It has seemed for some time past that there was little likelihood that changes would be made to the electoral system.
In fact that particular door seemed to have been locked, chained and bolted with Merafhe’s unfortunate aphorism, ‘if it ‘aint broke, why fix it’? sounding its effective death knell. But now all of sudden, the BDP has come up with far reaching proposals for change These have been duly reported but have otherwise prompted little reaction.
The assumption seems to be that what has been proposed is the business of the BDP alone. It is the BDP which has come with the proposals, it is the BDP which will discuss, consider and agree and it is the BDP in the National Assembly which will use its majority to push through its wishes, more or less regardless of alternative views. Yes, it is possible that the BDP will show little interest in the views of those outside its own party ranks.
On the other hand, it will know that whilst it will achieve widespread support if it gets its changes right, it will come a cropper if the voting public comes to believe that what is proposed (and agreed) amounts to little more than a fiddle designed to improve the party’s electoral chances.
After all, it is probable that the electorate will be convinced that the BDP has been converted to the idea of change only because its support base has slipped so badly.
Previously it was well content with the first past the post system which seemed to have served it well. Nevertheless, and whatever the motivation, the fact is that the BDP now seems open to change so that everyone who is concerned about the country’s democratic health, should seize the opportunity and speak out.
Electoral change or electoral reform is everyone’s business. It would be tragic, therefore, to throw away this opportunity to contribute, to criticize what has been proposed and perhaps to come up with better ideas. So let me take my chance and make a start as far as limitations of space allow. Firstly, the proposal to increase the number of nominated MPs and Councillors in order to allow for the better representation of the poorly represented comes as a routine re-run. In 50 years the party has never, I believe, used this mechanism to do what it professed it intended to do.
The probability, perhaps certainty, is that it will continue, as in the past, to use the opportunity to increase its voting power.
Secondly, the concern (Weekendpost 5 December) that constituencies are too big, ‘thus compromising service delivery’ puzzled me.
It can always be argued that constituencies are too big and that they either have too many people living in relatively concentrated areas or too few people dispersed all over the place.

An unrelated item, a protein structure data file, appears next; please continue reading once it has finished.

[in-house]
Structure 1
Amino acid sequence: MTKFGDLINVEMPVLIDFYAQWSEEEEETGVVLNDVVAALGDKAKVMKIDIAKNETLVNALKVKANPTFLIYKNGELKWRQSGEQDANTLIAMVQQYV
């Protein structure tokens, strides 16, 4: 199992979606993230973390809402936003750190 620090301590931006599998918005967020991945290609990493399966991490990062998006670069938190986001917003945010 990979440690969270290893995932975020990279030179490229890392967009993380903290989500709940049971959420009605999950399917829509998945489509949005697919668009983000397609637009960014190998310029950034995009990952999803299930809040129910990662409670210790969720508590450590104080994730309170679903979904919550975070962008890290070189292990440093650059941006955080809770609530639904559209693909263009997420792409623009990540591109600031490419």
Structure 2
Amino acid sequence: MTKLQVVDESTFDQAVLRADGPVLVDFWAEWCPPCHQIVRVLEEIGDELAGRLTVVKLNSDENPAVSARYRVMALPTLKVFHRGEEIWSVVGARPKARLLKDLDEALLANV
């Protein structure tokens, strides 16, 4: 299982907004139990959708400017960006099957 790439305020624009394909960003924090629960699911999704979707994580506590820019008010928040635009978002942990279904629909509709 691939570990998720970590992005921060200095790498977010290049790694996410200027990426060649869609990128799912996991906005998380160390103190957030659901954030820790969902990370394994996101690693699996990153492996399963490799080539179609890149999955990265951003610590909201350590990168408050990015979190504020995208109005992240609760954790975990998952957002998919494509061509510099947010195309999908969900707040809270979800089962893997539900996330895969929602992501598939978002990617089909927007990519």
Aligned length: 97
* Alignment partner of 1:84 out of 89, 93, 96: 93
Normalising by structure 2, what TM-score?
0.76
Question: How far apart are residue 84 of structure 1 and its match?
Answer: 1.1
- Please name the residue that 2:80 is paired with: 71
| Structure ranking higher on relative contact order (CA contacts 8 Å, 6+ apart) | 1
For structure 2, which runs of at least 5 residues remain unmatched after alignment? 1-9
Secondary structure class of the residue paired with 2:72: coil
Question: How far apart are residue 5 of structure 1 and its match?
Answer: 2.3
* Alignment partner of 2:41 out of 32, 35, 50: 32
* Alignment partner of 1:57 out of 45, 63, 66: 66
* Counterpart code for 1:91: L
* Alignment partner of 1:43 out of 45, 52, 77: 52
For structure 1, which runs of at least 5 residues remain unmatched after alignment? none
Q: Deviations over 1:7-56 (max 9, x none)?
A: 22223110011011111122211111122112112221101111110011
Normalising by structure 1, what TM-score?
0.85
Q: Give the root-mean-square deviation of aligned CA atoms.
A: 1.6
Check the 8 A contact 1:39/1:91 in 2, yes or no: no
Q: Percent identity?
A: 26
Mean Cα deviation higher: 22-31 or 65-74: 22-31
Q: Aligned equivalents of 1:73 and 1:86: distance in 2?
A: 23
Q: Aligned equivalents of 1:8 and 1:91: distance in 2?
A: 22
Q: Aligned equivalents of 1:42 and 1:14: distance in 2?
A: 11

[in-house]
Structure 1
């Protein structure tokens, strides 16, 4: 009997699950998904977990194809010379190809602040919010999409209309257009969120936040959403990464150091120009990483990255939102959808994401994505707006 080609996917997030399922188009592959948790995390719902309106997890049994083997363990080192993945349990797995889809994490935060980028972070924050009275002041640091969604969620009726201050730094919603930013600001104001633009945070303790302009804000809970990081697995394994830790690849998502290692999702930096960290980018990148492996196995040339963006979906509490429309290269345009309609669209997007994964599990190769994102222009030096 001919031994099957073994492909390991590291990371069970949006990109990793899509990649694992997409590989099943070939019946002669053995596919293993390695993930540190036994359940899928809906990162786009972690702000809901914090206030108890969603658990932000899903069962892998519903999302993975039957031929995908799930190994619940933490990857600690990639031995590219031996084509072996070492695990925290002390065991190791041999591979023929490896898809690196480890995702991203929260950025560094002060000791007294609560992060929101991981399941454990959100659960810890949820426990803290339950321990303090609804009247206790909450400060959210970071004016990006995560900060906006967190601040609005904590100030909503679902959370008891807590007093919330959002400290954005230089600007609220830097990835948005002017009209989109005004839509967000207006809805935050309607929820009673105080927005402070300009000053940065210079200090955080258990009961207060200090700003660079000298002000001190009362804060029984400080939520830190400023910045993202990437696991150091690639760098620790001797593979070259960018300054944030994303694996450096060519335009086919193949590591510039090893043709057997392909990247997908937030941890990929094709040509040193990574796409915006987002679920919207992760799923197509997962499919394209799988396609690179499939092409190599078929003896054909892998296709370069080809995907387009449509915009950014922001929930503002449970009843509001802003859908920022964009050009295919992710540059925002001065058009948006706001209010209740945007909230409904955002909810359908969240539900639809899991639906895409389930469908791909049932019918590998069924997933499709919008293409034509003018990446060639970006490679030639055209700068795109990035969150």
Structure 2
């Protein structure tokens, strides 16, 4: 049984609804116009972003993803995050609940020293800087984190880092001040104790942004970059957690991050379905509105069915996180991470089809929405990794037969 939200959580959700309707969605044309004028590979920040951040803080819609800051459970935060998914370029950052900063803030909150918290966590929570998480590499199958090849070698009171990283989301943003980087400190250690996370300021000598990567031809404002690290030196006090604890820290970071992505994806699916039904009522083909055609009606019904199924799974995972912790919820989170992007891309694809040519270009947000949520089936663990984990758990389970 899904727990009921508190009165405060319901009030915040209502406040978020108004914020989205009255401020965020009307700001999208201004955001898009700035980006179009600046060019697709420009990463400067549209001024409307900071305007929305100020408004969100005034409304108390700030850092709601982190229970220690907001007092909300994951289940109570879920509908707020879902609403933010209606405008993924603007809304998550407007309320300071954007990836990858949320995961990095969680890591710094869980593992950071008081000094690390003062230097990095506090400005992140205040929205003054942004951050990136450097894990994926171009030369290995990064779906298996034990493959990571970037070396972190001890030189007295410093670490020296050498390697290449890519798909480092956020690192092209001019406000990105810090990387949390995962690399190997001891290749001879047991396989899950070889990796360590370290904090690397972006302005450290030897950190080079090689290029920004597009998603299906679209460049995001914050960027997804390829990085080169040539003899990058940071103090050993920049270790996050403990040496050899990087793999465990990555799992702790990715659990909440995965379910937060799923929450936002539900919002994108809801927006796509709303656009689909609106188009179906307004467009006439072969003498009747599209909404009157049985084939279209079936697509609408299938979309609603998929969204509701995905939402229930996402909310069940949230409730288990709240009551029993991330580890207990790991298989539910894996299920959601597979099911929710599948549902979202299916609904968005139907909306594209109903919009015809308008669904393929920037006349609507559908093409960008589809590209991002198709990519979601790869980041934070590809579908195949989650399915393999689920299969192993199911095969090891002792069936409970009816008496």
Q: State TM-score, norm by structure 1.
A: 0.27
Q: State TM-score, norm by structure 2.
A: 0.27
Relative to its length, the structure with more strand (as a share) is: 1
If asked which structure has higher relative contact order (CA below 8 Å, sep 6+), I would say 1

So does ‘big’ relate to population or distance? Which of those two does the BDP conceive as being the problem it seeks to overcome? But ‘compromising service delivery’ was a new one for me. What service delivery? Are MPs and Councillors, unbeknown to me, up to their necks battling with this particular responsibility so that the party feels that an increase in numbers would help to relieve the pressure!
So I turned to Google and what do I learn? “Service delivery” it states ‘is a common phrase in South Africa used to describe the distribution of basic resources citizens depend on like water, electricity, sanitation infrastructure, land, and housing.
Unfortunately, the government’s delivery and upkeep of these resources is unreliable - greatly inconveniencing or endangering whole communities.
In response, the number of “service delivery protests,” or protests demanding better service delivery, have become more popular in recent years. So popular, in fact, that the term “service delivery protest” has become a loosely used term by the media to define various types of protests.’
Okay, the problems in South Africa and the problems here are similar. But the fact is that widespread protest has yet to happen here.
It can only be disingenuous therefore to suggest a solution here to a problem which exists there.
But in addition, power is so centralized in this country that no MP however he or she is elected is likely to become involved in dealing with local protest whatever form it takes. In addition, it can also be noted that one of the greatest curiosities of our current democratic system is that MPs who have been elected to serve their constituencies have ended up serving their party.
In other words, a central element of one electoral system has been so blurred that it has taken on the characteristics of a totally different system.
In that sense, we already have X number of MPs who act as if they have been proportionally elected. It follows therefore that we need to have a first time ever definition of the role of MPs, according to the different systems, before, we can start arguing that we have too few, Perhaps we already have too many!